How Does a Credit Card Work?

The magic of a credit card is that it allows for people to get things today that they may need, but then pay for them later on down the road.

It is an extension of credit that is given to you by a lender if you are given a credit card and there are certain rules and specifics that must be followed to make sure you are getting the most out of the credit you’ve been given.

Here’s what you need to know about how a credit card works!

You’ll be given a credit limit.

When you receive a line of credit, you’ll be given a credit limit. This limit is the most that the lender will allow you to spend without repaying some, if not all, of the debt you’ve incurred. For first-time credit card users, a typical credit limit is $500 – $1,000. With the right amount of income and a strong credit history, credit cards can have limits of 5 and 6 figures.

You’ll be required to make minimum monthly payments.

For most credit cards, you’ll be charged a certain amount of interest every month on the purchases that you’ve made, but haven’t completely paid off. The minimum monthly payment requires you to pay off all of the interest that is charged on that debt, plus a small portion of the actual purchase cost that you made. Failing to make a payment can lower your credit score.

You’ll receive monthly statements.

Just like a bank statement, your credit card lender will provide you with a monthly statement of your purchasing activities, either through the mail or online. This allows you to verify your purchases, make sure they are accurate, and check for any suspicious activity that can be an indicator of identity theft.

These statements will also show your current APR, what your minimum monthly payment is, and some statements tell you how long it will be to pay off your debt if you just pay the minimum amount due.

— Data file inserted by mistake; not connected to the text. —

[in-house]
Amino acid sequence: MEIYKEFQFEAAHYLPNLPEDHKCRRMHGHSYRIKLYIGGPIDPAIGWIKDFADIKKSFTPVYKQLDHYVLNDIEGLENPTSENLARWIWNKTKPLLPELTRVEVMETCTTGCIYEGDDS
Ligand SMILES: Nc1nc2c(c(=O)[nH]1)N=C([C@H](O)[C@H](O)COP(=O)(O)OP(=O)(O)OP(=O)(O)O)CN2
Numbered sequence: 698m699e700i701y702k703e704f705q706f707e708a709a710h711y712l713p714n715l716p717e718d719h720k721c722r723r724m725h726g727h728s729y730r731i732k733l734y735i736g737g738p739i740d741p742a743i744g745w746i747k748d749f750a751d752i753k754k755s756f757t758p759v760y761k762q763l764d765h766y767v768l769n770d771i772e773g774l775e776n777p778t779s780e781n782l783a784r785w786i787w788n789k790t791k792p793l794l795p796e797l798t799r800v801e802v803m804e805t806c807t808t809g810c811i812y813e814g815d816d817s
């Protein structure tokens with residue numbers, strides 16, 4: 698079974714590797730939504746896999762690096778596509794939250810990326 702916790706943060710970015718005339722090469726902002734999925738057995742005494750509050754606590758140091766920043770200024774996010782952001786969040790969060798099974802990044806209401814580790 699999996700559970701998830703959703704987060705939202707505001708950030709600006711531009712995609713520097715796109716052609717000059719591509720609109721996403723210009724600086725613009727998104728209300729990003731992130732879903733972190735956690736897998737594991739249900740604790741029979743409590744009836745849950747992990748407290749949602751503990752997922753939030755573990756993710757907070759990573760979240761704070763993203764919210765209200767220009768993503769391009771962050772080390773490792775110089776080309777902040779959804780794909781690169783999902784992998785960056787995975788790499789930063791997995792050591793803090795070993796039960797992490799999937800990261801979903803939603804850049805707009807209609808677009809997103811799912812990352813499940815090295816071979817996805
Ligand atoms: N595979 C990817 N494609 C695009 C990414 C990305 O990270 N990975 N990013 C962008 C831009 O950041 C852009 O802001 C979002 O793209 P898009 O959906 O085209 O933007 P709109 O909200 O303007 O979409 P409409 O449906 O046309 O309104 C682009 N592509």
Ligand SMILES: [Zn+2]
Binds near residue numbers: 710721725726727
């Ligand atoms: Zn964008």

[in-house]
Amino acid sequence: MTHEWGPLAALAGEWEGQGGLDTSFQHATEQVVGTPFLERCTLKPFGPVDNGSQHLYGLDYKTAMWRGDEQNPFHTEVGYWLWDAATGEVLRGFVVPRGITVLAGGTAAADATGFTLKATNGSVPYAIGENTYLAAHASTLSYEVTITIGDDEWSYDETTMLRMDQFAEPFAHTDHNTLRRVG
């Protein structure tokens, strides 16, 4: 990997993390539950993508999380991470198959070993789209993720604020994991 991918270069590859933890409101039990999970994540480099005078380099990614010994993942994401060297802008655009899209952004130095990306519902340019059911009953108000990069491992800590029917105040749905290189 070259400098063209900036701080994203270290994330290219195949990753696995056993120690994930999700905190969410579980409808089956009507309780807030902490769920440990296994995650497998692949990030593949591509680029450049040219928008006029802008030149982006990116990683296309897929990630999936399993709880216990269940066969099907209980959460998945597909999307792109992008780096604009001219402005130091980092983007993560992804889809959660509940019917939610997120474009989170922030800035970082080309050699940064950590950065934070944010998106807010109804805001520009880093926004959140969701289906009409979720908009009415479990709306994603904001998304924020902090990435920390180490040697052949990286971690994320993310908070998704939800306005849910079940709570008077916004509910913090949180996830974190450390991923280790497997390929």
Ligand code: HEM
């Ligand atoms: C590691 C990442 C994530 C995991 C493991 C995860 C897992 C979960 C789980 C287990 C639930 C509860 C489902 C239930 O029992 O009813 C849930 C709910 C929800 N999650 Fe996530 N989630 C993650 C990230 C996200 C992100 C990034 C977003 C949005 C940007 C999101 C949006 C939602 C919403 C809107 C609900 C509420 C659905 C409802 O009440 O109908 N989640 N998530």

You’ll be given a consistent due date.

Unlike other forms of credit or your utility bills, like your power bill, credit cards are given a monthly due date that doesn’t vary from month to month. The only exception would be a due date that fell on the 29th, 30th, or 31st of the month, since February only has 28 days.

In that specific circumstance, the February payment would be due on the 28th. Most lenders require a payment to be posted by the end of that business day for it to be considered a valid, on-time payment.

You can apply for rewards, higher credit limits, and other features.

One of the nicest aspects of having a credit card is that you can apply for better terms and limits after establishing your credit history. This helps to raise your credit score because it proves you can manage your debt effectively through progressive responsibility.

Credit cards are one of the most helpful components of establishing a credit history that is available on the market today. If you’re thinking about applying for your first credit card, keep these facts in mind so that you can properly manage your lines of credit to create a strong financial future!

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We do not provide customer service for credit cards.  Contact your credit card company directly.

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